I knew yelping wasn’t going to be effective so I pulled out a slate call and began to aggressively do the fighting purrs call. This turkey calling tactic has worked well in the past in various scenarios and it seemed like my only shot at the moment. As soon as I started calling the birds went ballistic and the jake turned and starting walking towards the river. I continued working the striker hard and fast over the slate as the jake continued my way now 30 yards from the group. One of the gobblers broke and started following the jake and a few seconds later the second gobbler broke loose as well. My new buddy Jake kept coming with his gobbling entourage in tow. In fact, the gobblers seemed to speed up which caused my “Hope Meter” to start rising. Once the jake got within 15 yards of the bank he ran a few steps and lifted off heading straight for my opening only 20 yards away from me. God bless fighting purrs and stupid jakes!

Once the leading gobbler saw the jake take to the air, he lifted off still 30 yards out in the field headed across the river! I dropped the call and snatched my shotgun up and faced the opening down the logging road. The jake landed 20 yards away and ran a few steps after touch down with the first gobbler landing in his footsteps. The gobbler ran a few steps off to the right of the road and stopped at which point my gun went off and he dropped. I didn’t know what the other gobbler had done but that answer came a few seconds later when he touched down in their established landing path. At first I wasn’t going to shoot him because I normally just take one bird if more than one comes in. But, my mind was racing, and he just kept standing there. I decided this might be my only other chance if others hunted the property so I talked myself into taking him.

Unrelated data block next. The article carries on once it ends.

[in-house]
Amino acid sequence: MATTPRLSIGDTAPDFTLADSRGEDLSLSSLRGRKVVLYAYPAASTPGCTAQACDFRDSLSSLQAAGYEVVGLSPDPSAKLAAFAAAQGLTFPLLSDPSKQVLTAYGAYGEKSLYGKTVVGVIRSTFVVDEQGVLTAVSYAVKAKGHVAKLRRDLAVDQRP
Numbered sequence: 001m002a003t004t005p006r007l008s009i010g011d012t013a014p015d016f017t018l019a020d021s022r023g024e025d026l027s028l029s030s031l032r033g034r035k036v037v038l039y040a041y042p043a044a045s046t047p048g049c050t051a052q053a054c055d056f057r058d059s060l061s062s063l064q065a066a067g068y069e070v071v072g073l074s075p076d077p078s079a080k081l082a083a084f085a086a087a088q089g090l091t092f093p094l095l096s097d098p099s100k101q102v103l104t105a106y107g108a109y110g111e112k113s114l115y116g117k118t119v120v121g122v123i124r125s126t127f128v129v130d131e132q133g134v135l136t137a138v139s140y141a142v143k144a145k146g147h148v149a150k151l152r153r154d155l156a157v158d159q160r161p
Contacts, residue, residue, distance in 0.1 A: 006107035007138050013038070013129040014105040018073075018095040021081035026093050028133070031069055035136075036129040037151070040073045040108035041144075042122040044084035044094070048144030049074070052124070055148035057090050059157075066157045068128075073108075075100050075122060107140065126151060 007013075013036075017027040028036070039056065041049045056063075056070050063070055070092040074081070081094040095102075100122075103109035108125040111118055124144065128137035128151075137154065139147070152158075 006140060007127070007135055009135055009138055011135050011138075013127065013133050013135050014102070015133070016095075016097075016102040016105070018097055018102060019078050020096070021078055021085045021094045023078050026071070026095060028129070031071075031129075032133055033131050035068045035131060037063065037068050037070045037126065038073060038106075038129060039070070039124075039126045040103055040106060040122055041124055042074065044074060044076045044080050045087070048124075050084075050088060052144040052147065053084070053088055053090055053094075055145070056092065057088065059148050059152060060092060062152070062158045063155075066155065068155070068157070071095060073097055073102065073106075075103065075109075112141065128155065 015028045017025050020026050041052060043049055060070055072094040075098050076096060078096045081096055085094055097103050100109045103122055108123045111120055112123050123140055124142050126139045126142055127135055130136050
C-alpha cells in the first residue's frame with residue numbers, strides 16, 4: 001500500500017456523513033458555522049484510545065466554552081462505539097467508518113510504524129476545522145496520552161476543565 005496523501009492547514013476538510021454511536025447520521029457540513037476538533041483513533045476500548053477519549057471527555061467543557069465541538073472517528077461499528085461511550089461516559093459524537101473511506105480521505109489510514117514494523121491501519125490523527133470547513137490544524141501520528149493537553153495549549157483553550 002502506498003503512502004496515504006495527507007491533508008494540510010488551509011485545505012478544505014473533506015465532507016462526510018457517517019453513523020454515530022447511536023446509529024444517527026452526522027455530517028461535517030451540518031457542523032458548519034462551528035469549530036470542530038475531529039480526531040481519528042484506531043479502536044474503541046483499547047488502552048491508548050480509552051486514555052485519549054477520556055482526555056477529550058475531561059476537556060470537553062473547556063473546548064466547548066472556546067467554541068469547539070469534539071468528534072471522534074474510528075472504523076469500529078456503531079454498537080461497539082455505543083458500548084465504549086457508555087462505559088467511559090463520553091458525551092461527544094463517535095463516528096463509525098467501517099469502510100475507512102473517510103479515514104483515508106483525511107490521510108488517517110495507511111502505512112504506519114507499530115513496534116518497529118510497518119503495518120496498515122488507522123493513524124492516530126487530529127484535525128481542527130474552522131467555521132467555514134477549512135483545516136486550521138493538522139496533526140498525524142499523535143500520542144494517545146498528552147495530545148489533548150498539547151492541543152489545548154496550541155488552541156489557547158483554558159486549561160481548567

The event was surreal and I could not believe what had just transpired. As I watched one of the birds flopping I noticed there wasn’t a choke tube in my gun and realized I’d forgotten to put it back in after taking the modified out after my last dove shoot. That was a first and I guess it’s a good thing they were close because who knows what kind of pattern I was spraying out. I was elated and felt bad at the same time for taking the other bird and hoped that the threads inside my barrel weren’t messed up. But as I walked out carrying one bird in my vest and the other over my shoulder thinking about what just happened, I began to feel fine with it because I knew that they may be the only two Eastern birds I’d have  a chance at that season. And the unexpected adventure that brought them into range would be one I’d never forget.

Fighting Purrs Work

I have used fighting purrs with mixed results prior to that day and since. In this case it worked really well and the jakes response was the key. I don’t know if the gobblers would have come if not for him but my guess is they couldn’t stand to let him come over to see me and it cost them.  On most days I can’t get them over a ditch or across a fence so I would never have expected to coax birds across a river that wide. But once you see something like this happen, you realize anything’s possible.

Fighting purrs have helped me get birds to come into range when nothing else would with many hunts that stand out in my mind. I used it the first time successfully in Texas 11 years ago when I had three gobblers and several hens that started walking away from me. When I turned loose with fighting purrs all three gobblers turned and came 120 yards down a power line straight to me. In Jones County I had two gobblers and a group of hens at the far end of a pasture that wouldn’t budge for 30 minutes but as soon as I hit the fighting purrs, the entire group came running right to me.  My dad and I got a gobbler to come to us one morning on a hunt when nothing else we tried would separate him from his hens.  Wesley Phelps and I did the fighting purrs in New Mexico when there was no doubt the group was leaving us and it turned a couple of gobblers around bringing them in at which point Wesley greeted one with a load of Hevi Shot. In South Georgia I coaxed a gobbler with a 12” beard far enough in my direction from across a field to get him in range. The call has worked on other occasions as well. It’s even worked for short tugs to coax a gobbler over 20 yards when he would not otherwise move at all. But those 20 yards have made the difference more than once when it comes to getting the gobbler in range.